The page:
The sad thing is that even though I have my own opinions about all of these situations, I am completely respectful of the opinions of people on the other side in each because they all have useful points to make. And the issues that don't can always spark discussion about other interesting issues, so it drives me nuts when good discussion is hijacked by idiots.

So what do you guys think about these situations? Do the things that bother me irritate others, or is this just a part of my own idiosyncracies?

Sunday, January 29, 2006

Upcoming Contemporary Romance

I don't read nearly as much contemporary romance as I do historical or paranormal romances. I think that is mostly because I don't always enjoy the modern settings. I usually like to feel like I am reading a story about someone very different from me, either in place or time or in fundamental differences in life. It's not as easy to have that feeling of difference in a contemporary.

I tend to avoid romances with military settings or military men (despite being married to a wonderful one) because after four years in the US Army, I'm just too close to the subject matter. It doesn't seem romantic to me; it's either horrifying or boring. And too many romance authors get major things wrong that they could find out with simple facts from an average servicemember or veteran (one not too long a veteran, if it's a modern romance) quite easily. So military romances (and Navy SEALS or special forces, ugh, mostly jerks who cheat on their wives and get divorced in real life) count for a lot of contemporaries, and they're out.

So, of what's left, I usually read a few each year, either hot romances or from new authors or the few contemporary authors I've come to enjoy (Rachel Gibson, Julie Kenner, Deidre Martin).

Untamed by Kathleen Lawless
Pocket, 20 September 2005
I really like this cover, so I'll probably try to check out the book, even though her first book, Taboo, got a D- at AAR.

Take Me by Bella Andre
Pocket, 15 November 2005
Here's another great cover, also from Pocket. I brought this one home from the library on Thursday.

Cheating at Solitaire by Ally Carter
Berkley, 6 December 2005
I reall like this cover. I like the title as stitching on her jeans, I like the Ace of Hearts hinting at romance.

The Manolo Matrix by Julie Kenner
Downtown Press, 1 February 2006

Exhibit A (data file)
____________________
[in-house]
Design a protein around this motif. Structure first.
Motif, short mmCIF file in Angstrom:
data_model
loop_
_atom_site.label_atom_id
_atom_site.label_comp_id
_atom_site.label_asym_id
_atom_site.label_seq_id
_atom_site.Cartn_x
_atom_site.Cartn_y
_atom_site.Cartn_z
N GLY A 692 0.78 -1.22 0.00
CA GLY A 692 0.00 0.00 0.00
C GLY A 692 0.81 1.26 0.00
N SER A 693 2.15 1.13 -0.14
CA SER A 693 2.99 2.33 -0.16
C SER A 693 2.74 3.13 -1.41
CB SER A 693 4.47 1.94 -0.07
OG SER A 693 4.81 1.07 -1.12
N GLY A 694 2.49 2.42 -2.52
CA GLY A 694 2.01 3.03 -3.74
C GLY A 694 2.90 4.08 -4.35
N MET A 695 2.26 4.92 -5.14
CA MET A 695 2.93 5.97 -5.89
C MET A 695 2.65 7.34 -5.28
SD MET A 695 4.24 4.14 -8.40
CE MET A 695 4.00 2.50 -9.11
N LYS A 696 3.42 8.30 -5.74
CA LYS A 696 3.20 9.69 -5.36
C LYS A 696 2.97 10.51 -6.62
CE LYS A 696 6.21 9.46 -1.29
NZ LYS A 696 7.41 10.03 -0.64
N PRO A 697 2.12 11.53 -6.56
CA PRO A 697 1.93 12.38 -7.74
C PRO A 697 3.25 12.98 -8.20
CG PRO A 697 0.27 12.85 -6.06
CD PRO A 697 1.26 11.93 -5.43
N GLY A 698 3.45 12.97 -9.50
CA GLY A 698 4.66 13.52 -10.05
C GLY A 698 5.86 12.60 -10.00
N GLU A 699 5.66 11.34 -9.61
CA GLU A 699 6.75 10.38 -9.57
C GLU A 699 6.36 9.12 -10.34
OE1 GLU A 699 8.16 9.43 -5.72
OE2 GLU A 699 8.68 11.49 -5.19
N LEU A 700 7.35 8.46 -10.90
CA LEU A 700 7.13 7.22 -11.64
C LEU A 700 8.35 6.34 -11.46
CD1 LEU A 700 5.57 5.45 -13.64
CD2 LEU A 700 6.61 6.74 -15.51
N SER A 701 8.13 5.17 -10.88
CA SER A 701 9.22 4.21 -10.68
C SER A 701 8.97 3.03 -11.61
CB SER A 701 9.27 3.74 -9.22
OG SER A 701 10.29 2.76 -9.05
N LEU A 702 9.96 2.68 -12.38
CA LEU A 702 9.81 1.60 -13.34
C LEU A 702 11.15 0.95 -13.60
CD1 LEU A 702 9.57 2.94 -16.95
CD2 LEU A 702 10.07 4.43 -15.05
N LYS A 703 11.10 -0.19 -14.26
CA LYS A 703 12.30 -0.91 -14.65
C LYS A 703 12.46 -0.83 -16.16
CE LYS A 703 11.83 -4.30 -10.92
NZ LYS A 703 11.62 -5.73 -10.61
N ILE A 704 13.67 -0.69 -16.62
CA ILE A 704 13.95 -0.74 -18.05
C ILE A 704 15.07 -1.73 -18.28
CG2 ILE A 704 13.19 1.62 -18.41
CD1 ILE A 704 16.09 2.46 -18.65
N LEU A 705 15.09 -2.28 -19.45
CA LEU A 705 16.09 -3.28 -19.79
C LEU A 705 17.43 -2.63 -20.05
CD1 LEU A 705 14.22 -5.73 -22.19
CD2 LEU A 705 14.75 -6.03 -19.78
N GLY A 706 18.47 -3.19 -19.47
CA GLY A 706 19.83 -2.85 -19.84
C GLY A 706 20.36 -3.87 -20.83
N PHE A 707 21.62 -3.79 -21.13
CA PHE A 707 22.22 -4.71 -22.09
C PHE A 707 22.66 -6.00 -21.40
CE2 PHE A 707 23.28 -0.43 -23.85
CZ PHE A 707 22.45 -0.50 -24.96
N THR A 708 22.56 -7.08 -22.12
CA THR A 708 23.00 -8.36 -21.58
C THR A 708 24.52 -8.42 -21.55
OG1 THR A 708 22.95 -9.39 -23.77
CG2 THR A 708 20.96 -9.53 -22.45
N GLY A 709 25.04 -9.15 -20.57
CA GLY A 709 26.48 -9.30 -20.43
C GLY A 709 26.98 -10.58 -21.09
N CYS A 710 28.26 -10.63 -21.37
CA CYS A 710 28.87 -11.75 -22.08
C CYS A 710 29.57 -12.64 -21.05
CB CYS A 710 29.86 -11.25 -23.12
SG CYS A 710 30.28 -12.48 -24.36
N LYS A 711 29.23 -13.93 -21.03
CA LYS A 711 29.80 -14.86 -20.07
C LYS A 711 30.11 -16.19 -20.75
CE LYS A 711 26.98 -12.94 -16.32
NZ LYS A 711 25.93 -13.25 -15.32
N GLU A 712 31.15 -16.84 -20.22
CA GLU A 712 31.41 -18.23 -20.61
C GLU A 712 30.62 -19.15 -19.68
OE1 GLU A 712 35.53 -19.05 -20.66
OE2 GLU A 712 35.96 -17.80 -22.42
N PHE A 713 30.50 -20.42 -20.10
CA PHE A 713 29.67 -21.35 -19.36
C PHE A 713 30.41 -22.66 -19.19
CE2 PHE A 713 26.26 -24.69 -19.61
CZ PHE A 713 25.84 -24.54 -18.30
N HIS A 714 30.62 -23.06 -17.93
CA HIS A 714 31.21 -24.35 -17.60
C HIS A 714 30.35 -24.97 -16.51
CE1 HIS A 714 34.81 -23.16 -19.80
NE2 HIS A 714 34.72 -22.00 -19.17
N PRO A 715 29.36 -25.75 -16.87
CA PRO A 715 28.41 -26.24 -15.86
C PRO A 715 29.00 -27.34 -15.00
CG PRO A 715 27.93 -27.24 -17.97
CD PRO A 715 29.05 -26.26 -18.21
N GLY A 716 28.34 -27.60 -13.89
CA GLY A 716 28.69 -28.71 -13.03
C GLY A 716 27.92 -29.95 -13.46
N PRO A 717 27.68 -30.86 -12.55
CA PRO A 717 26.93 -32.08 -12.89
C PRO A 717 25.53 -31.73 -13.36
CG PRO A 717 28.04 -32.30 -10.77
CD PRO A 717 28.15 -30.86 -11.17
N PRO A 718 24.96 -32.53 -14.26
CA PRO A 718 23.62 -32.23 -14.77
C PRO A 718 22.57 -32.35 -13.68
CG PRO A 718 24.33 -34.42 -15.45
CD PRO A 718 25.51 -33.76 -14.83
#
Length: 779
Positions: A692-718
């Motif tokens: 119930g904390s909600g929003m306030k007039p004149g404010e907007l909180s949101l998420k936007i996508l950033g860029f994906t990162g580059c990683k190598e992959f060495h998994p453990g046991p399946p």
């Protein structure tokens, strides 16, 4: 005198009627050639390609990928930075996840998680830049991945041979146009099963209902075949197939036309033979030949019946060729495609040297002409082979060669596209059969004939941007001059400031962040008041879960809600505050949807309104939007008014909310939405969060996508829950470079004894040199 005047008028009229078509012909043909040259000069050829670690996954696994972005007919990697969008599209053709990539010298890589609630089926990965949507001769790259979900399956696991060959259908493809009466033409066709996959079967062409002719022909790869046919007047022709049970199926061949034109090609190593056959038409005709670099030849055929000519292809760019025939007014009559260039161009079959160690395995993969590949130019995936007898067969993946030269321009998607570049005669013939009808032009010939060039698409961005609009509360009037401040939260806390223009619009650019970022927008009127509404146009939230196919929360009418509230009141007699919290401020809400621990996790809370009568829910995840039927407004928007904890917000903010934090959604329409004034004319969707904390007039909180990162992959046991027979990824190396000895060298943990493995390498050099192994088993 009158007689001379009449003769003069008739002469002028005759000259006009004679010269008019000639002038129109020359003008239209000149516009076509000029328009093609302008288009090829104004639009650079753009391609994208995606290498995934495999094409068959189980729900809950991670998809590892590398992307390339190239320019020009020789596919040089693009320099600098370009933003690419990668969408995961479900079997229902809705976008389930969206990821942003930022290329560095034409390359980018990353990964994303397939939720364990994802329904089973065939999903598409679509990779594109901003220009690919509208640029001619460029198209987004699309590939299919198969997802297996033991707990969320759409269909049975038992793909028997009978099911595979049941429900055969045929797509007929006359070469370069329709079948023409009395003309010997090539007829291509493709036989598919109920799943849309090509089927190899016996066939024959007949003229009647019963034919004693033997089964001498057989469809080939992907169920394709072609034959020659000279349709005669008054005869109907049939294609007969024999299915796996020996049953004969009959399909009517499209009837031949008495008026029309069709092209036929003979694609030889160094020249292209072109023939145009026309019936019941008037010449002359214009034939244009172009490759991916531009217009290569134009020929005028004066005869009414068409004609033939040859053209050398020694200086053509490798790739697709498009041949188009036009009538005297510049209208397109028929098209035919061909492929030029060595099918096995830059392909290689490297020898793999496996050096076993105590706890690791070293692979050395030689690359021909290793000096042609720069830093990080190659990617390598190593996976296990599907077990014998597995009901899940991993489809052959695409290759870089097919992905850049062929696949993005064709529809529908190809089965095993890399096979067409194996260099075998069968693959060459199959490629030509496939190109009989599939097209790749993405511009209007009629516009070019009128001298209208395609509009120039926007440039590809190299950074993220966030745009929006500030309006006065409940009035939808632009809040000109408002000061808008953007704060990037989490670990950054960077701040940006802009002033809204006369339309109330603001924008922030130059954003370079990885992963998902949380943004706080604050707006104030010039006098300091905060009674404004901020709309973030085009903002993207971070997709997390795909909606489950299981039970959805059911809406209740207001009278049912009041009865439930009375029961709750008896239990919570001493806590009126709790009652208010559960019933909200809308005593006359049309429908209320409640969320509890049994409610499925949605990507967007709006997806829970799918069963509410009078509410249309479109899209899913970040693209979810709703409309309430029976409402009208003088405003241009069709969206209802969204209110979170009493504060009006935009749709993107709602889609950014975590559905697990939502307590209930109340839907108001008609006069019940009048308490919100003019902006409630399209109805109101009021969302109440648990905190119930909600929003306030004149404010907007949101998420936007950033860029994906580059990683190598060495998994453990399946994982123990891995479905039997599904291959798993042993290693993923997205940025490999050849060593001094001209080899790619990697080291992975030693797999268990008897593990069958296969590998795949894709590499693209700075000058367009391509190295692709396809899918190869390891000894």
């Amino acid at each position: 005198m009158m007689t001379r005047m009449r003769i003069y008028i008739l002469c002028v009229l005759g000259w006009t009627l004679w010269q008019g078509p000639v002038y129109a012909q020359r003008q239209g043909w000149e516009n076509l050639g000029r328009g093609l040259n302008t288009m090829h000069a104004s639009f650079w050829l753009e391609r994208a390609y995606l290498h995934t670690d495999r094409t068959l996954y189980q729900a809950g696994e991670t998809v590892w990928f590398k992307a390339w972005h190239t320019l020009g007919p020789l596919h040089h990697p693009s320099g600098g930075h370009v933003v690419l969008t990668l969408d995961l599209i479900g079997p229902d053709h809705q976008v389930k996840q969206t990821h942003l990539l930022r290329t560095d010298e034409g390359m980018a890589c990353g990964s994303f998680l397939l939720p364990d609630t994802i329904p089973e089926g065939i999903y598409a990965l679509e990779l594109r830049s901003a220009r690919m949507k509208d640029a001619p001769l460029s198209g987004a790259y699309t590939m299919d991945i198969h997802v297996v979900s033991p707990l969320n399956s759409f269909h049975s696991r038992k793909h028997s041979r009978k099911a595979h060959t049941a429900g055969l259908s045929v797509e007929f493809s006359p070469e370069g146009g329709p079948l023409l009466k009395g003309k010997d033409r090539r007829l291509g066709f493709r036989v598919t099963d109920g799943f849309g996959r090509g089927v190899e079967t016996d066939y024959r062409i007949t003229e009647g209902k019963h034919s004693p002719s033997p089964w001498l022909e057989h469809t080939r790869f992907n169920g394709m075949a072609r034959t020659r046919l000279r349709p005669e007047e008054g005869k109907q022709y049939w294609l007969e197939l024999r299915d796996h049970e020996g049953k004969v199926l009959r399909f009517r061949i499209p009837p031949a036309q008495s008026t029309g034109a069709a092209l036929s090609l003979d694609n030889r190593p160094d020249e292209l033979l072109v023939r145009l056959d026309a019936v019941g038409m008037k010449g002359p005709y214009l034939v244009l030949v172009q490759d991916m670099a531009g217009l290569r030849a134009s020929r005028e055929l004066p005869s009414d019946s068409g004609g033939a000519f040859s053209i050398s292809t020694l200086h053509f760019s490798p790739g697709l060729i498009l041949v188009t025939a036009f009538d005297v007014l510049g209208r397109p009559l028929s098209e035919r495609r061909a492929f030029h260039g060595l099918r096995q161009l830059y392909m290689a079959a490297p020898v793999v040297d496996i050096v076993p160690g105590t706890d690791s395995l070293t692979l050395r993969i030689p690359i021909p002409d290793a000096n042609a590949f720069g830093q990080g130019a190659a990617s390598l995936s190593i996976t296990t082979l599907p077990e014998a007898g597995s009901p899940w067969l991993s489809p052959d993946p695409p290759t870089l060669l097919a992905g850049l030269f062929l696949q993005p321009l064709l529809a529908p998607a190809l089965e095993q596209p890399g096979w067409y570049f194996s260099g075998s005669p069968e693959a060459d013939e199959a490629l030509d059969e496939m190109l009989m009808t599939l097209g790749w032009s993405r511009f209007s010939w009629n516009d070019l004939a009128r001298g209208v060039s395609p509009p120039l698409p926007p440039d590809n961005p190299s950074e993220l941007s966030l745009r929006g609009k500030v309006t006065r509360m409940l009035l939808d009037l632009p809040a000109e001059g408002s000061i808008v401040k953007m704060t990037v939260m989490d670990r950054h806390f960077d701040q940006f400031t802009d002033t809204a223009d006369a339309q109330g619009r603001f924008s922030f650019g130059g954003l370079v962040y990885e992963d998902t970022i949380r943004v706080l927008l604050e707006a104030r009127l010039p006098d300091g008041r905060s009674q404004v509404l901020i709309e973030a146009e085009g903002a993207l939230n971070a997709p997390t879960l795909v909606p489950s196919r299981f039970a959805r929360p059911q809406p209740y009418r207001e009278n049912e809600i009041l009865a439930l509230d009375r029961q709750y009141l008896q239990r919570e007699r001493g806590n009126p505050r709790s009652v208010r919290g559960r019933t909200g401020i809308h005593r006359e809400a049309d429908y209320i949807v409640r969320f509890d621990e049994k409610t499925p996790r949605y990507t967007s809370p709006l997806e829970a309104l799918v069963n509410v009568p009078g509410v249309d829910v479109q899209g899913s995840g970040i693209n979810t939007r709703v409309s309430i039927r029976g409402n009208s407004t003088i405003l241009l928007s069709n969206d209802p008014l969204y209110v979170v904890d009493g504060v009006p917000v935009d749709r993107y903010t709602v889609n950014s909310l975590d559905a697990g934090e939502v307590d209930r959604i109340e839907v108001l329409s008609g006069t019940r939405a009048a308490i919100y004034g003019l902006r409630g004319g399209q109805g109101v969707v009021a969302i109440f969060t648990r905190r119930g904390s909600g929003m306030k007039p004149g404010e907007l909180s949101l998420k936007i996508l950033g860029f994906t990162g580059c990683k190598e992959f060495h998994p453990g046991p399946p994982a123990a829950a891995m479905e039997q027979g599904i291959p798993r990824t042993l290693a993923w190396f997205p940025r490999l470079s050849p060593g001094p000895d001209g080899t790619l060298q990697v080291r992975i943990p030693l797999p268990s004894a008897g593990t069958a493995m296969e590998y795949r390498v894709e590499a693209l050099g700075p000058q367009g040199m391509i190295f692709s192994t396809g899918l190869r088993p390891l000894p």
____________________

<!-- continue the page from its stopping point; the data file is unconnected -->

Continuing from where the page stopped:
Haven't had a chance to read Givenchy Code yet, so I'll have to find time to fit that one in before I hit this one.

Sex, Lies, and Online Dating by Rachel Gibson
Avon, 1 February 2006
Rachel Gibson is one of the few consistently good contemporary authors I've found.

Playing Easy to Get by Sherrilyn Kenyon, Jaid Black, and Kresley Cole
Pocket, 7 February 2006
Will probably pick this one up at the library. Black and Kenyon aren't the best writers, but they are entertaining. Haven't tried Cole yet.

The Penalty Box by Deirdre Martin
Berkley Sensation, 7 March 2006
I like Martin's hockey romances. I am a big fan of the Dallas Stars, and when the NHL was on strike, I was really mad. Reading books with even a little hockey actually helped.

Big Trouble by Marianna Jameson
Signet, 2 May 2006
This is a new author to me, but I like the sound of this one. From the author's website: " It features Joe Casey, the smart-mouthed stud-muffin brother of My Hero's hero, Chas Casey, and former computer hacker turned digital security expert, Naomi Connor, who has been waiting twenty years to be forgiven for an adolescent mistake. Joe is the one man who can absolve her—if only she could make him believe that people really can change."

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Friday, January 27, 2006

Concept Art for Moon Called

I found an amazing thing today: a tutorial on painting that shows the evolution of the cover art for Moon Called by Patricia Briggs. It is direct from the artist of the piece, Dan Dos Santos, and is intended as a tutorial on painting, but it is an amazing find for anyone interested in book covers, art, or Moon Called in particular.

Dos Santos turned the tutorial into a PDF document that you can read online. It is very extensive, with 15 steps and lots of art. Quite fascinating. Go check it out NOW.

Thursday, January 26, 2006